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Per capita income (PCI) or average income measures the average income earned per person in a given area (city, region, country, etc.) in a specified year. It is calculated by dividing the area's total income by its total population.
Per capita income is national income divided by population size. Per capita income is often used to measure a sector's average income and compare the wealth of different populations. Per capita income is often used to measure a country's standard of living. It is usually expressed in terms of a commonly used international currency such as the euro or United States dollar, and is useful because it is widely known, is easily calculable from readily available gross domestic product (GDP) and population estimates, and produces a useful statistic for comparison of wealth between sovereign territories. This helps to ascertain a country's development status. It is one of the three measures for calculating the Human Development Index of a country.
The Euro is the official currency of 19 of the 28 member states of the European Union. This group of states is known as the eurozone or euro area, and counts about 343 million citizens as of 2019. The euro, which is divided into 100 cents, is the second-largest and second-most traded currency in the foreign exchange market after the United States dollar.
The United States dollar is the official currency of the United States and its territories per the Coinage Act of 1792. The act created a decimal currency by creating the following coins: tenth dollar, one-twentieth dollar, one-hundredth dollar. In addition the act created the dollar, half dollar, and quarter dollar coins. All of these coins are still minted in 2019.
Gross domestic products (GDP) is a monetary measure of the market value of all the final goods and services produced in a specific time period, often annually. GDP (nominal) per capita does not, however, reflect differences in the cost of living and the inflation rates of the countries; therefore using a basis of GDP per capita at purchasing power parity (PPP) is arguably more useful when comparing living standards between nations, while Nominal GDP is more useful comparing national economies on the international market.
In the United States, it is defined by the U.S. Census Bureau as the following: "Per capita income is the mean money income received in the past 12 months computed for every man, woman, and child in a geographic area."(Individuals who are at least 15 years old are counted.)
Critics claim that per capita income has several weaknesses in measuring prosperity:
In economics, inflation is a sustained increase in the general price level of goods and services in an economy over a period of time. When the general price level rises, each unit of currency buys fewer goods and services; consequently, inflation reflects a reduction in the purchasing power per unit of money – a loss of real value in the medium of exchange and unit of account within the economy. The opposite of inflation is deflation, a sustained decrease in the general price level of goods and services. The common measure of inflation is the inflation rate, the annualized percentage change in a general price index, usually the consumer price index, over time.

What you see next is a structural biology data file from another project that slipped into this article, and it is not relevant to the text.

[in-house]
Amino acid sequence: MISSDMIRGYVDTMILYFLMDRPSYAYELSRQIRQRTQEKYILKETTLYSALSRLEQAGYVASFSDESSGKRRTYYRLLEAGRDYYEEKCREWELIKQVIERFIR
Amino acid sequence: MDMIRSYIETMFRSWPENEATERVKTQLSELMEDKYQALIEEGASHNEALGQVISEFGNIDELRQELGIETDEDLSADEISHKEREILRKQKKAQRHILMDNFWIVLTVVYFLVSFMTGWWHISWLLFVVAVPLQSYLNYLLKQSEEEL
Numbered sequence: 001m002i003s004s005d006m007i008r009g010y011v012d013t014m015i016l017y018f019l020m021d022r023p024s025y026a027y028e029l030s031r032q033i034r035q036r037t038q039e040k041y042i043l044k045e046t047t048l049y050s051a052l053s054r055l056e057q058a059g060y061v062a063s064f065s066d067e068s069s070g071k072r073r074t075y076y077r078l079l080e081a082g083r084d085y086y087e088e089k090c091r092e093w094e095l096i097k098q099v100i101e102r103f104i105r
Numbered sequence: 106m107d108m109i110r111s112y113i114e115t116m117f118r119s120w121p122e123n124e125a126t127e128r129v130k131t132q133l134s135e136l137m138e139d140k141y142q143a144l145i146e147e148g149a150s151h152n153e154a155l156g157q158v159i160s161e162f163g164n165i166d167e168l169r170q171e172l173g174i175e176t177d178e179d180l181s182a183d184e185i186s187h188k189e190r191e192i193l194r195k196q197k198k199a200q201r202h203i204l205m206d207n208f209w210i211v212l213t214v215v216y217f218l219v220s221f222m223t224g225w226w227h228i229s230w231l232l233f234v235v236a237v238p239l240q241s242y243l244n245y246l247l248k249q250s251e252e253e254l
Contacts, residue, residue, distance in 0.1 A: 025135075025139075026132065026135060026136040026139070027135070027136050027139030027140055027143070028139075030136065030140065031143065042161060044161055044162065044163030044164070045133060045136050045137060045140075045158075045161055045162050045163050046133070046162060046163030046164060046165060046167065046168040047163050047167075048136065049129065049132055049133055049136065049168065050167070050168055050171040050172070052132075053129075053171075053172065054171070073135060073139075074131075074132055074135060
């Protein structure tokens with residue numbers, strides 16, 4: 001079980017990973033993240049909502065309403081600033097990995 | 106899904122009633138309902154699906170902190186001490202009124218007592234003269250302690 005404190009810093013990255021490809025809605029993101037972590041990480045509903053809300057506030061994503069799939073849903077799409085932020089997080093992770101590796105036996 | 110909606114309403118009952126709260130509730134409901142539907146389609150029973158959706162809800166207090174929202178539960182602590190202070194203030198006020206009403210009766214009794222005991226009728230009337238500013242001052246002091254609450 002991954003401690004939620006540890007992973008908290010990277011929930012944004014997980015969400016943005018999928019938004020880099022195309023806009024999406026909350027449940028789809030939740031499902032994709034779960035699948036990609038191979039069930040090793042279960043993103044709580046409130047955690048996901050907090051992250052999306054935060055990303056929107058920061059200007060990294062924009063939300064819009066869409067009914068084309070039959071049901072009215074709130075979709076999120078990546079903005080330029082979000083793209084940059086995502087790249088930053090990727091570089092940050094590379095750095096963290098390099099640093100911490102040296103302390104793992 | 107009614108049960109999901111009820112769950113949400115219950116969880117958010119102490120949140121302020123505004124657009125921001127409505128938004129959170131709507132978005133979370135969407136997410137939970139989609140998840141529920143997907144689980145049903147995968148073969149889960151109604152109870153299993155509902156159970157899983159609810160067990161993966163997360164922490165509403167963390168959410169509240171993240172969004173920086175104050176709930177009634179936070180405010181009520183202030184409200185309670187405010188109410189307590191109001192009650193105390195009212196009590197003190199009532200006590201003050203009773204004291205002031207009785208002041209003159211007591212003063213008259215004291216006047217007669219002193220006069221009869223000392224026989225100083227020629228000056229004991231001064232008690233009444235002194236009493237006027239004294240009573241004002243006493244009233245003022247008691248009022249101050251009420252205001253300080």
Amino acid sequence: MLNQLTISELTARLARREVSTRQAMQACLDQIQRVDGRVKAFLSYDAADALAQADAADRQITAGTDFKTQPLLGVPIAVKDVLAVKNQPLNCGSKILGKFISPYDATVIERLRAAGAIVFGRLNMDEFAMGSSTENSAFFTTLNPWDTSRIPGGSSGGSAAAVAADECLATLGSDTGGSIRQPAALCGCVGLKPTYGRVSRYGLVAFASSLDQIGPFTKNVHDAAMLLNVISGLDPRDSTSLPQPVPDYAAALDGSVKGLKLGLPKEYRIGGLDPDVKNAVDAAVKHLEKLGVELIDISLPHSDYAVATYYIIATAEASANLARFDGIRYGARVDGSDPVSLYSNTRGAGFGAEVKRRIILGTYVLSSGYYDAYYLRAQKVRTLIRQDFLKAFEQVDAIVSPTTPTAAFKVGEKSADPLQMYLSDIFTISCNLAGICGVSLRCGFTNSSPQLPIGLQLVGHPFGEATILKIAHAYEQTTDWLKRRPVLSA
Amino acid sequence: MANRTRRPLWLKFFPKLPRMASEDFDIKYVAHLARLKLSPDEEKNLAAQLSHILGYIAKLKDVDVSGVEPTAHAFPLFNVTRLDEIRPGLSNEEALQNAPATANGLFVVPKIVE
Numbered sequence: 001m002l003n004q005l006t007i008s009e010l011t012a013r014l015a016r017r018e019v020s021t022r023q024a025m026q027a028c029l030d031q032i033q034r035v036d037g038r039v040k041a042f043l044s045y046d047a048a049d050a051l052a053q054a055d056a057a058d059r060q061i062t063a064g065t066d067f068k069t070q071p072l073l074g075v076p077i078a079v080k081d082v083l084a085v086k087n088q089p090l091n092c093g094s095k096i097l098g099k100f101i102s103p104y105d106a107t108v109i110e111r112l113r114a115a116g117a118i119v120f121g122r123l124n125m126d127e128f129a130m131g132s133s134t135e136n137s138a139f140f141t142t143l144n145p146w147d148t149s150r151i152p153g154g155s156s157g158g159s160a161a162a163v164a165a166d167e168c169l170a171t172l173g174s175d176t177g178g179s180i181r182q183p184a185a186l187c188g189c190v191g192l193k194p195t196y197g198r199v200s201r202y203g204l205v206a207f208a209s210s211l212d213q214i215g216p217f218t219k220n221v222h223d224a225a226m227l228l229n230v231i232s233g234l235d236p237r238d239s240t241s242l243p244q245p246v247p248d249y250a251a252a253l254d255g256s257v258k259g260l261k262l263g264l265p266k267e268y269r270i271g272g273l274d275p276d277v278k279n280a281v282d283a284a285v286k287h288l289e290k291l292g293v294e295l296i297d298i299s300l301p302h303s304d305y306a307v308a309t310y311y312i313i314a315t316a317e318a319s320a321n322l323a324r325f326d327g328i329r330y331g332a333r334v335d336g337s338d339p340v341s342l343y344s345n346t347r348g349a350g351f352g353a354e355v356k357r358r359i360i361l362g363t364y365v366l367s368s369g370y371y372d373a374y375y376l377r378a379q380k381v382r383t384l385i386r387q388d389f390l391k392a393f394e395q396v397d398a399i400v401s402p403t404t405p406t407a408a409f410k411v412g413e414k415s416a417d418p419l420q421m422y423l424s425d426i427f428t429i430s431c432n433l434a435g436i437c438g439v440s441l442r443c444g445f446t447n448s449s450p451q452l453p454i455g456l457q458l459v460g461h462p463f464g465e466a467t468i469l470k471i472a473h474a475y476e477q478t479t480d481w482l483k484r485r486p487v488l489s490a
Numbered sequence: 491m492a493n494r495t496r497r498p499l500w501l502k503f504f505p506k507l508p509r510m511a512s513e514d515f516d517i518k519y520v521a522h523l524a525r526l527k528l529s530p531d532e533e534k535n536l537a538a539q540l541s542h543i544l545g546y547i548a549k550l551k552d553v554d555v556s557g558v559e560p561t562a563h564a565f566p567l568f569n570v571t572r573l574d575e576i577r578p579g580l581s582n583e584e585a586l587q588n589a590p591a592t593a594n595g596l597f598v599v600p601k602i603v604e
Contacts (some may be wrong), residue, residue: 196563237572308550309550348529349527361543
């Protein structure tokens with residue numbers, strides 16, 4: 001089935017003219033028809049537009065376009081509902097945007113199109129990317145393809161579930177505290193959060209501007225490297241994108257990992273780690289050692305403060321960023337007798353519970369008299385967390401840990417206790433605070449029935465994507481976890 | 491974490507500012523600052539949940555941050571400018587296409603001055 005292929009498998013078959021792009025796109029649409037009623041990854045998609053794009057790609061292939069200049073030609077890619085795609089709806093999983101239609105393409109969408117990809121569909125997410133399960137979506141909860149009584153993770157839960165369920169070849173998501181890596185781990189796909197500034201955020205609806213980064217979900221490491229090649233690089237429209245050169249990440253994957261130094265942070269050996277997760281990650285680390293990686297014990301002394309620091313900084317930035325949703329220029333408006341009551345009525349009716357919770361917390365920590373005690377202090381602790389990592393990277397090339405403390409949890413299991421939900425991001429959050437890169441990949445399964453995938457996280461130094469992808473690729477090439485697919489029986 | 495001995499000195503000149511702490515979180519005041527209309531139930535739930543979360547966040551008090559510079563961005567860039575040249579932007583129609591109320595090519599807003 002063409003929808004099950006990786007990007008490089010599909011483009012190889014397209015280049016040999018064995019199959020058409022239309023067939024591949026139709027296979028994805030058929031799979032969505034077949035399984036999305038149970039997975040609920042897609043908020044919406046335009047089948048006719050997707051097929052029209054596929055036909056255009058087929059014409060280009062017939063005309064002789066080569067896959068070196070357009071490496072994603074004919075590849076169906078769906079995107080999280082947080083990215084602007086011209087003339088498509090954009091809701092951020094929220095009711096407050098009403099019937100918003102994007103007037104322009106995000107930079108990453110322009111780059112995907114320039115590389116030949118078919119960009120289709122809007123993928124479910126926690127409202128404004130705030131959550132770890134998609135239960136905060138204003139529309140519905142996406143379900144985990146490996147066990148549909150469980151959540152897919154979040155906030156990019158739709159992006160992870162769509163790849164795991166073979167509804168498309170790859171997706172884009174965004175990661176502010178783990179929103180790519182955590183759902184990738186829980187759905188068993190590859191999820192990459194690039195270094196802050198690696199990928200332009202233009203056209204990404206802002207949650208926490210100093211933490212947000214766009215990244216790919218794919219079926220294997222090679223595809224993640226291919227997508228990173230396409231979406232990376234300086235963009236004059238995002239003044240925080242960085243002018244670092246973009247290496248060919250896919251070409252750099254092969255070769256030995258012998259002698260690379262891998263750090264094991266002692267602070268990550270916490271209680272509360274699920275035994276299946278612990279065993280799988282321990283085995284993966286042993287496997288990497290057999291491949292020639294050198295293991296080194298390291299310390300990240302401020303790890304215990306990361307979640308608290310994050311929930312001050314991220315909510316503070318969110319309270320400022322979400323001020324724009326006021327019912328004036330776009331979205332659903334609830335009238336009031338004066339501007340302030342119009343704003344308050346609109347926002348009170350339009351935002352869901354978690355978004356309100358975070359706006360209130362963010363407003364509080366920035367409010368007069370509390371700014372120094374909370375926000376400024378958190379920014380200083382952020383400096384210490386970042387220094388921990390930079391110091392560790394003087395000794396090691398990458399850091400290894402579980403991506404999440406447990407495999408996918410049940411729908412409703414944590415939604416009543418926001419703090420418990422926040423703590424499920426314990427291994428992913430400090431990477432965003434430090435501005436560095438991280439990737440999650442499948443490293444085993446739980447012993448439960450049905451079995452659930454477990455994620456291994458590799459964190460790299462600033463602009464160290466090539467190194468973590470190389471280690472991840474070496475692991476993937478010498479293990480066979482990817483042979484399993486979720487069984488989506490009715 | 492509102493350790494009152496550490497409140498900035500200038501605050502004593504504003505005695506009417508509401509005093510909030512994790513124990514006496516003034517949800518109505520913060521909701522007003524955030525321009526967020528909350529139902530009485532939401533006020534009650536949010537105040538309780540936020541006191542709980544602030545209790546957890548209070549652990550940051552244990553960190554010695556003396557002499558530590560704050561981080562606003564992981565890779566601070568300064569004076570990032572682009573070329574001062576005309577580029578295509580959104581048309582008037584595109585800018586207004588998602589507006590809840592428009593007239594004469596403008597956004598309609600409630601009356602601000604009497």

Purchasing power parity (PPP) is a theory that measures prices at different locations using a common good or goods to contrast the real purchasing power between different currencies. In that case, PPP produces an exchange rate that equals the price of the basket of goods at one location over the price of the basket of goods at a different location. The PPP exchange rate may be different than the market exchange rate because of transportation costs, tariffs, and other frictions. PPP exchange rates are widely used when comparing GDP from different countries.
There are several kinds of means in various branches of mathematics.
Total personal income is defined by the United States' Bureau of Economic Analysis as:
income received by persons from all sources. It includes income received from participation in production as well as from government and business transfer payments. It is the sum of compensation of employees (received), supplements to wages and salaries, proprietors' income with inventory valuation adjustment (IVA) and capital consumption adjustment (CCAdj), rental income of persons with CCAdj, personal income receipts on assets, and personal current transfer receipts, less contributions for government social insurance.
This is a comparison between U.S. states and sovereign states' Nominal Gross Domestic Product for the Alternative Future as based on International Monetary Fund and Bureau of Economic Analysis data. Many of the states of the United States have large gross domestic product which would rank highly on a list of countries world GDP.
The Atlas method is a method used by the World Bank since 1993 to estimate the size of economies in terms of gross national income (GNI) in U.S. dollars.
This is a comparison between U.S. states and countries' per capita gross domestic product. The U.S. is not counted as a whole in the overall rank because this would be double counting since the states of the U.S. are being compared to other countries. These figures are calculated using exchange rate conversions, and exchange rates fluctuate from year to year.